Page 8 - Business Facts

Ben & Jerry's policy used to be that no employee could make more than 5x than the lowest paid worker!

Ben & Jerry's has been making delicious ice cream treats since 1978. The business started off in a small town in Vermont, and has grown to be a nation wide empire of frozen deliciousness.

During the 1980's, this small town ice cream maker had a rule that said that no employee, including the CEO, could make more than 5 times what the lowest paid worker was making. Essentially, this capped the CEO's salary at $81,000 a year.

This policy lasted until 1994, when one of the founders of Ben & Jerry's, Ben Cohen, retired from the company and the company decided it needed to offer higher salaries in order to acquire an outside business man as the new head of the company!

Before 1990, the average worker to CEO pay ratios were less than 1 to 100. By 2000, these ratios had increased to 1 to 500 before being lowered in 2003 to 1 to 300.

This means that today, the average CEO is paid 300 times more than the lowest paid position in the company!


After an economic crisis, a therapist created a bank where people exchanged good deeds!

The Bank of Happiness was founded in Estonia is a virtual bank where the transactions don't involve money, but rather good deeds.

The first transaction recorded in the bank's records was that of a man receiving a haircut from a total stranger, for free!

In order to become an official member of the bank, an Estonian citizen must fill out a report online, stating what types of things that they can do for others (bag groceries, walk dogs, fix cars).

Next, the applicant, must explain what types of things that they would like to be done for them!

The bank was first created as a result of Estonia suffering an economic crisis, and being named in the bottom 30 nations ranked by 'happiness'.

Tiina Urm, the 26-year-old that is partially responsible for thinking up the idea says "At the moment we are glued to other people only through money. But that’s not how we evolved as a society.

We used to work as a team.” Wouldn't it be nice if that way of thinking was spread all around the world?


Chicken Nuggets are only half chicken!

Researchers from Mississippi examined two nuggets from two national fast food chains and found that they were only 50% and 40% chicken meat. What's in the other half?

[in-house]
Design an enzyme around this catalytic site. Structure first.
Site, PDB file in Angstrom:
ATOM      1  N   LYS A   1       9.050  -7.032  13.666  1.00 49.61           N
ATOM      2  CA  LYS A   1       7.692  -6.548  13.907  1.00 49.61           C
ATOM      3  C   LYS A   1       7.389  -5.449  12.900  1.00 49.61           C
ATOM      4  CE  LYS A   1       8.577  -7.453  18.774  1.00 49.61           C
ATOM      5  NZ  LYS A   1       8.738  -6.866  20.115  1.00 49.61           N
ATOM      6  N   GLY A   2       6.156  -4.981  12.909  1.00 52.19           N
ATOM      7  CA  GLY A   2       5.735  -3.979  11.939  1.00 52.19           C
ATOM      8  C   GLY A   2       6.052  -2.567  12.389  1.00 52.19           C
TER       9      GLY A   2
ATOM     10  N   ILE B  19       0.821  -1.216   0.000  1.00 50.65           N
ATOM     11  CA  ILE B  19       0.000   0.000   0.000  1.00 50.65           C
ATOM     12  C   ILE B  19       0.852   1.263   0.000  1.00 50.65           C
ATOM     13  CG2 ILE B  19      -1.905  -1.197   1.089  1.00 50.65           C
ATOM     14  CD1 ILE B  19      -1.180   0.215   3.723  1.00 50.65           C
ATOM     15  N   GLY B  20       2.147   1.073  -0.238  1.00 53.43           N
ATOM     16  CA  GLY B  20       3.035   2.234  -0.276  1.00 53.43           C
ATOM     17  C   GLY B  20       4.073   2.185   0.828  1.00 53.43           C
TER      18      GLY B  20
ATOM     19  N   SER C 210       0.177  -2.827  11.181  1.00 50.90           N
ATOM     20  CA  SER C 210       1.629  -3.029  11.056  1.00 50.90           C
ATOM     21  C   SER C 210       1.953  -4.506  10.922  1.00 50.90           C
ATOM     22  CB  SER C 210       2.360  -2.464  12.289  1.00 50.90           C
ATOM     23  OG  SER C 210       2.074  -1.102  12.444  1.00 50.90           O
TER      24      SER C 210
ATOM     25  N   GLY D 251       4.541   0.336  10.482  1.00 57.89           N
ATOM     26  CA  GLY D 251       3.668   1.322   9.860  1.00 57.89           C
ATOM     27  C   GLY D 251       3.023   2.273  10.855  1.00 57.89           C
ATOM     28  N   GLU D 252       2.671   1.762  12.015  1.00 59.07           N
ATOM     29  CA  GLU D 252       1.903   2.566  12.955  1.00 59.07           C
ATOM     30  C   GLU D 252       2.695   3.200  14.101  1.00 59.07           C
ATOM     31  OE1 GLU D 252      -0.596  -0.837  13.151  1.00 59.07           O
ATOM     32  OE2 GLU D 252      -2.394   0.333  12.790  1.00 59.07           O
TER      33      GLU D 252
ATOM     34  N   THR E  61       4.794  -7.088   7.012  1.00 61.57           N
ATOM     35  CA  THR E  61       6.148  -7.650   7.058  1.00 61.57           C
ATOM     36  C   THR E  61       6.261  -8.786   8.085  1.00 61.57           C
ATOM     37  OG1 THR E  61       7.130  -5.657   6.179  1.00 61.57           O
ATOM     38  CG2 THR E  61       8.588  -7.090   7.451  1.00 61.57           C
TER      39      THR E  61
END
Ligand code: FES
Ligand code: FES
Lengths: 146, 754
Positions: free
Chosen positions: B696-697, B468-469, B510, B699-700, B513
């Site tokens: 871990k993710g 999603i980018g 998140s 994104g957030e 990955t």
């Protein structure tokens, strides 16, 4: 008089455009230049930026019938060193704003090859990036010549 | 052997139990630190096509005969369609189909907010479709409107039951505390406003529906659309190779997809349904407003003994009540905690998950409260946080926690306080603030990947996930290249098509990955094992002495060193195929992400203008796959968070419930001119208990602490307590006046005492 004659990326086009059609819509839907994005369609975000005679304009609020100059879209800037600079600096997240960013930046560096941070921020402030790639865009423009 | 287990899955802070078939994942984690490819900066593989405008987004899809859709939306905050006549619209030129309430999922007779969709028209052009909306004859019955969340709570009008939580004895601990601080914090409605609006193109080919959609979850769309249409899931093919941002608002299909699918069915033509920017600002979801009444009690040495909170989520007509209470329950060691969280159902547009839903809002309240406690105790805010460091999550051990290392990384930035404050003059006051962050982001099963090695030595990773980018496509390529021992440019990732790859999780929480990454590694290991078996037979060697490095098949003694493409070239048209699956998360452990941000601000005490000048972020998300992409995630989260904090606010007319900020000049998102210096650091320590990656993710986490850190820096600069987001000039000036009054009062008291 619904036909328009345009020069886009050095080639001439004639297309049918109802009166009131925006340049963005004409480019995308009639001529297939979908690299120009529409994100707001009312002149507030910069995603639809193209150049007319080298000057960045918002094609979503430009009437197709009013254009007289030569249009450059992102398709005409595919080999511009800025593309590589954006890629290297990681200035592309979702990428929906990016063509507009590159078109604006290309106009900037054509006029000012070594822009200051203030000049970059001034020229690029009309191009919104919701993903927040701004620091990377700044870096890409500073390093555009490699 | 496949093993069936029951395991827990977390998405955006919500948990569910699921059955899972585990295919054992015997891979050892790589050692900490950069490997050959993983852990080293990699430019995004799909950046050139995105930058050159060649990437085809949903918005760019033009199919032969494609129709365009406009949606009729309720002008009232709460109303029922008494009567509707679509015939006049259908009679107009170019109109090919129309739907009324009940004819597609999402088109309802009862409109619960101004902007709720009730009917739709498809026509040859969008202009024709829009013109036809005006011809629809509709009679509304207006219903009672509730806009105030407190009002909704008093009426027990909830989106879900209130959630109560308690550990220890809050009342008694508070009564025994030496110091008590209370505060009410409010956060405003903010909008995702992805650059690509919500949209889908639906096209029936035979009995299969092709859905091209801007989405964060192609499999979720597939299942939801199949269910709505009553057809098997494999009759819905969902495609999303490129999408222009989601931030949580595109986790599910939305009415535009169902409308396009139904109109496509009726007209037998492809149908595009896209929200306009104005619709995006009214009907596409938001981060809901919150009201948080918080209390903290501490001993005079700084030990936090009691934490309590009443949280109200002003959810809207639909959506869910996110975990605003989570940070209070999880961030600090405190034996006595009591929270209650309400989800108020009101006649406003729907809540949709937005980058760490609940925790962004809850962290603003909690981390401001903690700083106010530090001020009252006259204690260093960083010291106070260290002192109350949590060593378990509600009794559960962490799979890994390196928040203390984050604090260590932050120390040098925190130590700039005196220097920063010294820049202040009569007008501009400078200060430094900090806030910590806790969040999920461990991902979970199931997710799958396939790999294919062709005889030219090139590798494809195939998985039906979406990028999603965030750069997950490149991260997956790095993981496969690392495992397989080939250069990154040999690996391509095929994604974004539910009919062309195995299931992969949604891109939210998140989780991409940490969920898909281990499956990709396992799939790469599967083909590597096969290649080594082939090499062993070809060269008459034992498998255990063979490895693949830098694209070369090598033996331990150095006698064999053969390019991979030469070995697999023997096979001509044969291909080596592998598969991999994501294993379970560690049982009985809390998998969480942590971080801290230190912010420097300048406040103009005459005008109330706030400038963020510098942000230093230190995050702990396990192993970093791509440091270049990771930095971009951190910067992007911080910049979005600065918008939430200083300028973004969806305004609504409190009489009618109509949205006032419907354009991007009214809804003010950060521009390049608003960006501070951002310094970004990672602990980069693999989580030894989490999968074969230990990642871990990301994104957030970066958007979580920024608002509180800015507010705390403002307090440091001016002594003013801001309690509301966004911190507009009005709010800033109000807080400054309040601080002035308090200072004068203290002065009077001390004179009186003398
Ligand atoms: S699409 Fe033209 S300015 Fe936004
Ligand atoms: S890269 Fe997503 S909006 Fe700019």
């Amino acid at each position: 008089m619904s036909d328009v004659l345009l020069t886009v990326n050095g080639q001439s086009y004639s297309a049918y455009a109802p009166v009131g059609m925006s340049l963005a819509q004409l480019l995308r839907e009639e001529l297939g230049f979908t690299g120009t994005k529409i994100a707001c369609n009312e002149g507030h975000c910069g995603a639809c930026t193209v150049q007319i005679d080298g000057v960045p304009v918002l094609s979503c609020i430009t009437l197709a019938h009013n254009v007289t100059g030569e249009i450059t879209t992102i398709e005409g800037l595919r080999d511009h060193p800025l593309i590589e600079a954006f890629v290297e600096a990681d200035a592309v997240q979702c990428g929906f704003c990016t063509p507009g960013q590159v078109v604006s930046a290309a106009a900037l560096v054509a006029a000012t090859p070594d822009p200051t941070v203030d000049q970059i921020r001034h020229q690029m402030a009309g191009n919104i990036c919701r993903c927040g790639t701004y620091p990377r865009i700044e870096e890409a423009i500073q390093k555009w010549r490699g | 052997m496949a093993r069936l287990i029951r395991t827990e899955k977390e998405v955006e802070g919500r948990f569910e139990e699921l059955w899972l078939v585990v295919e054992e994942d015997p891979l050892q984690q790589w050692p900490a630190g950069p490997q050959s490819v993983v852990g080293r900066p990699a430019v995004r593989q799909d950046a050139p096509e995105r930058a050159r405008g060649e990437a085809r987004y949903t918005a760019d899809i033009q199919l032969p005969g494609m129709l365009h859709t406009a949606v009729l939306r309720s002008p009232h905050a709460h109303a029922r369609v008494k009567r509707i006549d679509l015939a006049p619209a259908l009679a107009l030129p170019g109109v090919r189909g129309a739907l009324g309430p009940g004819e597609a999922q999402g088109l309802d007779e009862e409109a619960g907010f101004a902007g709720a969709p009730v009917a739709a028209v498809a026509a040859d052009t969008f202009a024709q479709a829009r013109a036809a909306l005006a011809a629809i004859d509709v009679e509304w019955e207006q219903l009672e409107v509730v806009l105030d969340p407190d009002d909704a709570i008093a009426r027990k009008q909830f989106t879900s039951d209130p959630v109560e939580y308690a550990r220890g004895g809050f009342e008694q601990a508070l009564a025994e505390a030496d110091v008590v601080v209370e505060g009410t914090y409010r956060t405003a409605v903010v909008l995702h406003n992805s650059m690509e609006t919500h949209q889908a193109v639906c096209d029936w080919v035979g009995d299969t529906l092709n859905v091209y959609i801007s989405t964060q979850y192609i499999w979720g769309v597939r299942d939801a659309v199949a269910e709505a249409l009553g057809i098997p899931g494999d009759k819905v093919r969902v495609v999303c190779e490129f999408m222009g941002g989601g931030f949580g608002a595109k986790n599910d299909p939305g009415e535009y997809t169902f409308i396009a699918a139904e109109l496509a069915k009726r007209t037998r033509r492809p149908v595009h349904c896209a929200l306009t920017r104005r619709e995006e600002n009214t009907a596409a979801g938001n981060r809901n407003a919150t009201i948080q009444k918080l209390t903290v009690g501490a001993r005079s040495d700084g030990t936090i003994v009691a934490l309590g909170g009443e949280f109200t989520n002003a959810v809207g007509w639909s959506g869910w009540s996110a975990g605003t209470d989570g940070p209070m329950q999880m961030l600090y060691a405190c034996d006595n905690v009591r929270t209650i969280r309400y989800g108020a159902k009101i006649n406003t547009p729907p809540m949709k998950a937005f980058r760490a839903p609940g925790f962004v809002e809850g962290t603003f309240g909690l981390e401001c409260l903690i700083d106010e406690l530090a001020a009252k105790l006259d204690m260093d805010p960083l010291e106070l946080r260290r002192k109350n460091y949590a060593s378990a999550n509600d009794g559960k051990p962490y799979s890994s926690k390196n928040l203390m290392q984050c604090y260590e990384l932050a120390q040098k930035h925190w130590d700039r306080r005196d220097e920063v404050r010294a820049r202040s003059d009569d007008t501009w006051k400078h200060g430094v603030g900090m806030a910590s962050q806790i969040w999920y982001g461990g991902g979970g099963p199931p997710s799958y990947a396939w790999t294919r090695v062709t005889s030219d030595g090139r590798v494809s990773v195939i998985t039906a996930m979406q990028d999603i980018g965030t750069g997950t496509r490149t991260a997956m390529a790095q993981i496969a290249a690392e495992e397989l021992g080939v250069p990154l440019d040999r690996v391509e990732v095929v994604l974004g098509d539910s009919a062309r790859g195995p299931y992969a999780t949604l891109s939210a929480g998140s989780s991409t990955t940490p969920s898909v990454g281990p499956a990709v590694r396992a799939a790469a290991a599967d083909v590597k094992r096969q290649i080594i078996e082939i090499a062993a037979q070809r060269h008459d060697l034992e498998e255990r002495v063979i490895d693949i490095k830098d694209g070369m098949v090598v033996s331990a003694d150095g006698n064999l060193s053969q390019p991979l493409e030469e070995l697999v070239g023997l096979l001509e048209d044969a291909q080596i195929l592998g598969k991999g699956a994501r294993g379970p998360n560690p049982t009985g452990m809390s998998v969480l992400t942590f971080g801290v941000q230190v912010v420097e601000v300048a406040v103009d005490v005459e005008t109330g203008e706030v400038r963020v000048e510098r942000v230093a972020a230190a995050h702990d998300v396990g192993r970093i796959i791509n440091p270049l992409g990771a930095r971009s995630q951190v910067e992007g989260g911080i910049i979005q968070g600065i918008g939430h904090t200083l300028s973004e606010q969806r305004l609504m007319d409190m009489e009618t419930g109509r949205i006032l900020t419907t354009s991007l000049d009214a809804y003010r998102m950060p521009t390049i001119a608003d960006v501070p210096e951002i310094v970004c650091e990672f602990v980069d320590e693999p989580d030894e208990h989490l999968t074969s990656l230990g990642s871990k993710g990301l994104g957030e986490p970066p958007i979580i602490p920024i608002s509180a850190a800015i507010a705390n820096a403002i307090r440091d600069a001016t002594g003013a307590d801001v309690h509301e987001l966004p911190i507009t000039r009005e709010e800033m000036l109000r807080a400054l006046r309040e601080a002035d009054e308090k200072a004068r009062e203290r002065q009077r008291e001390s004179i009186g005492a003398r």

Are you sure you want to know? You get one more shot. Ok, here's the rest of the ingredients: Fat, blood vessels, nerves, cartilage and bone pieces.

Someone who works in the fast food industry faulted the small sample size that they used, although others say it's OK because those giant chains have big pushes towards uniformity.


Some awesome lists!

The Black Market is the world's 2nd largest and fastest growing economy!

The fact that the shadow economy, or the black market or underground economy, is on the rise in the middle of a global financial crisis should be no surprise to economists.

A recent post on Steven Levitt and Stephen Dubner’s Freakonomics blogdiscussed the growth of the shadow economy across the world. The post claims that the shadow economy is the second largest in the world!

It is expected that over 10 trillion dollars circulate through the black market, which can be found anywhere from flea markets, roadside farm stands, swap meets and even the darkest allies around town. If governments around the World don’t do anything soon the black market might even become the world’s strongest economy soon!


SONY's most successful business is selling insurance!

The first thing you think of when you hear the word SONY is probably not financial services. They make the Walkman, the Playstation, TVs. You might even think of them as a movie studio.

However, not only do they sell insurance, it's also their most profitable division. They mostly operate in Japan and it represents about $9.07 billion in annual profit or just about 63% of their total profit.

The most recognizable part of the business, electronics, is actually not doing so well. Over the last ten years it's lost $8.5 billion and some investors are even asking for SONY to leave that behind.



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